The tide moved in early to show the face of an old memory. I feel the sands surrounding my footsteps, and moving closer to the edge of an ocean, I am me between the land and sea, hopeful as ever, dreaming, thinking of the time I was a small boy and placed my footsteps in the path of my Old Man.
The way we stand alone sometimes is more poignant than how we stand amongst the crowd.
Sometimes, the best company to be in is us, by ourselves, to stand and just take notice—to watch the world change and to check the clock of Father Time and see the changes we need to be aware of.
Life moves. (You know?)
I saw a picture of a child; only the child had grown and was unpacking his things and placing them in the drawer of his dresser at his college dorm room.
Life changes. It moves.
Just like the tide –
Always coming in and then going out.
Just like the scattered bodies of summer; always digging into the shores with their temporary smiles and transient promises; only coming around when the weather is right. Everyone is around in times like this.
(But what about now?)
See, the ocean understands this because to Her, this is only movement.
The waves have no opinion either way.
Neither do the tides and neither do the sea.
It’s just movement
It’s not personal
As for myself, I love an empty beach in the winter. I can think here without any interruptions.
Snow partially covers the dunes, which lay still, which contain tiny remnants of summertime, and there She lay, the beach, waiting for the spring to come along and warm the sands, which is where I stand, alone, thinking about a visit or a familiar “Hello” to come along and intercept the silence.
As a kid –
I used to walk the beach with my father on the first day of every year. New Year’s Day. This was us.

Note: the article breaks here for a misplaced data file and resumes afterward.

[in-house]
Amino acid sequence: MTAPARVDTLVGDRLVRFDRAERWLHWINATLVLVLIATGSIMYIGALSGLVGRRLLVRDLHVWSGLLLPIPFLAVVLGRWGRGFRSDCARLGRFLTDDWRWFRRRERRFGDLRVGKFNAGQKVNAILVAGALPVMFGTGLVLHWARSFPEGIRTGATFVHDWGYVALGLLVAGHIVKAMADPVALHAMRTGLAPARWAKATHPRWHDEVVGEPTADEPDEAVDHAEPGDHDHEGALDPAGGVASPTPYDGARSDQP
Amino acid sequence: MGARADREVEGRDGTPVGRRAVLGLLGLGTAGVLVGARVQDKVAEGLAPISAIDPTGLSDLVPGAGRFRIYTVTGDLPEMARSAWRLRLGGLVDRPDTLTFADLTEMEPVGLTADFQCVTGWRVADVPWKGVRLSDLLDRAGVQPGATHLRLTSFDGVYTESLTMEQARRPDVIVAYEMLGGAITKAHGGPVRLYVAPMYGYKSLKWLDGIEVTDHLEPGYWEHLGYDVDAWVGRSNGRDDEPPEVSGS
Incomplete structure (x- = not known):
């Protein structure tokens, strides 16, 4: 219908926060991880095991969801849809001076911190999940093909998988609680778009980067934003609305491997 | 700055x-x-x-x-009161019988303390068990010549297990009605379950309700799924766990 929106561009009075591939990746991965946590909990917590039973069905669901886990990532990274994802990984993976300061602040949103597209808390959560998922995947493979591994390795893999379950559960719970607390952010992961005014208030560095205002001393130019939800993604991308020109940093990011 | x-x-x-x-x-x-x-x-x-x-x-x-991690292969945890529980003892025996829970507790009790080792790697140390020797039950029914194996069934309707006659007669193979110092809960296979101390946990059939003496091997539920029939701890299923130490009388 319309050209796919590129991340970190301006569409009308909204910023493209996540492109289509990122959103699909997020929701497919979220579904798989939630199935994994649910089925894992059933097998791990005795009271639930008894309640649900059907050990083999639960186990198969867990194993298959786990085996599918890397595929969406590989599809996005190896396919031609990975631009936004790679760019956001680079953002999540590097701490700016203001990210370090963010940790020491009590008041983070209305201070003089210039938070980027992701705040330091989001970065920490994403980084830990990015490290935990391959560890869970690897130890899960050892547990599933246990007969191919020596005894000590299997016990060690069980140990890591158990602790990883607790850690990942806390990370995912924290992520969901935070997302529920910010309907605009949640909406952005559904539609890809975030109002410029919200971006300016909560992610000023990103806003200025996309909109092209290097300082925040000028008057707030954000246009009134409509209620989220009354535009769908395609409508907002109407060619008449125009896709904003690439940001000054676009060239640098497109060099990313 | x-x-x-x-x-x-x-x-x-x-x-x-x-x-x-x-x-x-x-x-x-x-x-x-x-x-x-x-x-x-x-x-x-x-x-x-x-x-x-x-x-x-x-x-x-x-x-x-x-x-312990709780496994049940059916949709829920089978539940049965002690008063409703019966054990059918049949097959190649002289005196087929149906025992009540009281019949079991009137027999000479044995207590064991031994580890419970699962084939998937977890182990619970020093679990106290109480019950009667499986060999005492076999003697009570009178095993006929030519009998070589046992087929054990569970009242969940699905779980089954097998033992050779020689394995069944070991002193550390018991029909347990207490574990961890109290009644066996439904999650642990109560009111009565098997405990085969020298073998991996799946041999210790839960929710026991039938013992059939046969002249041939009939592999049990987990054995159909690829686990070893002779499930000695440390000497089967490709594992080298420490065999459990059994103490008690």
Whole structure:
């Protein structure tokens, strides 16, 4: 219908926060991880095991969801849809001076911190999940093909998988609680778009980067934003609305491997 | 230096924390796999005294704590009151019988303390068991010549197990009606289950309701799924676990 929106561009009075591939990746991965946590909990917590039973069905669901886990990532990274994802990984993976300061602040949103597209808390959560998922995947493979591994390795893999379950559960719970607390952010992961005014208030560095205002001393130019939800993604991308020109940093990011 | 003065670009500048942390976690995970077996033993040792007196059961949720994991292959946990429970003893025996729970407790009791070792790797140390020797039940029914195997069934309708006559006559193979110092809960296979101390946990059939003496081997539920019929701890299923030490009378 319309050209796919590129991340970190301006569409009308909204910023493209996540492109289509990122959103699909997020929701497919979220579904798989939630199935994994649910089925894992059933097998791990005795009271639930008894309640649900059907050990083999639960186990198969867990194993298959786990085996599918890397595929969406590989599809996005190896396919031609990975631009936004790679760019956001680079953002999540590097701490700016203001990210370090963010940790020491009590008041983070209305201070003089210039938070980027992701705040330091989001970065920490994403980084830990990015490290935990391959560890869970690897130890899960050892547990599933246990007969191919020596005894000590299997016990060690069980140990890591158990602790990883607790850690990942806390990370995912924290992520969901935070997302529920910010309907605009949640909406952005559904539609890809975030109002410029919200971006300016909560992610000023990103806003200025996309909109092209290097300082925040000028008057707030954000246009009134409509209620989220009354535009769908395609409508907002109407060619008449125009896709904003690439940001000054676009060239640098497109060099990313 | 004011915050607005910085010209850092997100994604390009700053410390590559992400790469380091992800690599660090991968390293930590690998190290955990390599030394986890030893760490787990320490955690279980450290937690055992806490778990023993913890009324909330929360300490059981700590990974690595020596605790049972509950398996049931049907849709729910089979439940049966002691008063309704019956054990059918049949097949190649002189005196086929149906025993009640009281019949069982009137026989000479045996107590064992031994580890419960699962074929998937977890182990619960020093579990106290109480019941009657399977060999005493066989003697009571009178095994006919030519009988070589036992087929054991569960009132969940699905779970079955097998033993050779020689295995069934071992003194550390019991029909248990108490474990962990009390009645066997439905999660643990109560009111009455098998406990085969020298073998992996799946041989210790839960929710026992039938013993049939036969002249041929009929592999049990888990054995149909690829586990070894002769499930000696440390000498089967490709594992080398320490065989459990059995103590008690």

This was the day when we were most like the sea: forgetful of the past and forgiving. (Remember?)
Waves hit the shore beneath a gray sky. It was nice enough to give sound at a time when nothing else needed to be said.
I remember how the wind moved through the silver of my father’s hair. His brow clenched downward, his eyes glistening; watery from the cold sweep of a the winds on January 1st
With all I had, I wished to be something like him. With all I could, I followed the footsteps he left in the sand.
He was my hero
Saw a photograph of my father the other day –
He was smiling and wearing and hooded-sweatshirt. I remembered this picture very well.
I saw a photograph of my Father, which reminded me of the time we went fishing off the piers at Shinecock Canal
It was early and the day and cold. I was bundled up in jackets with a pair of my little mittens on my hands to keep my fingers from freezing up. There was ice on the driftwood and a slow tide moved through the canal. I watched the end of my line and sat there, waiting and hoping, with no idea what to expect.
After noticing movement at the tip of my fishing rod The Old Man pulled my line and I’ll never forget the way he shouted.
“You got a fish!”
I reeled in a small flounder. The fish was little but to me, this was one of the biggest memories of my childhood.
He was so happy.
I recall the echo of The Old Man’s cheer and how this mixed with the sounds of startled geese, flapping their wings to fly from the canal
I never saw him like this before.
Point Lookout, July 9 2011
Standing at the shoreline, I watch the waves come in. The ocean was cold around my ankles. This represents freedom to me; to feel the sun on my face, the wind in my hair, and the ocean at my feet.
Step by step, I moved into the rising tide. The further I went, the more I forget about the water’s chill.
I was consumed by the beautiful current. These waves are like redemption to me. They are a link to childhood innocence. The waves are a reminder of a time before the behavior wars began.
After you pass a certain distance, the bottom of the sea becomes sandy-smooth. I stood chest deep, allowing the water to surge around me. I haven’t felt that way since the first time my Pop taught me how to body-surf. He showed me how to ride the waves.
I guess I must have gotten lost for a minute, because I never heard the whistles.
Heading toward shore, I began to tread water. I waited for the best wave to ride home.
They must have whistled for a few minutes. The lifeguards, I mean. I noticed a life guard ducking the waves and swimming towards me. “You can only go in waist deep,” he said.
Times have changed, I thought to myself.
This December 2019, it will be 30 years since I have seen my father.
To us, Point Lookout was Holy ground.
By the way:
You would have liked my father. And he would have liked you. He was the best storyteller of all times.
Someday, I will be just like him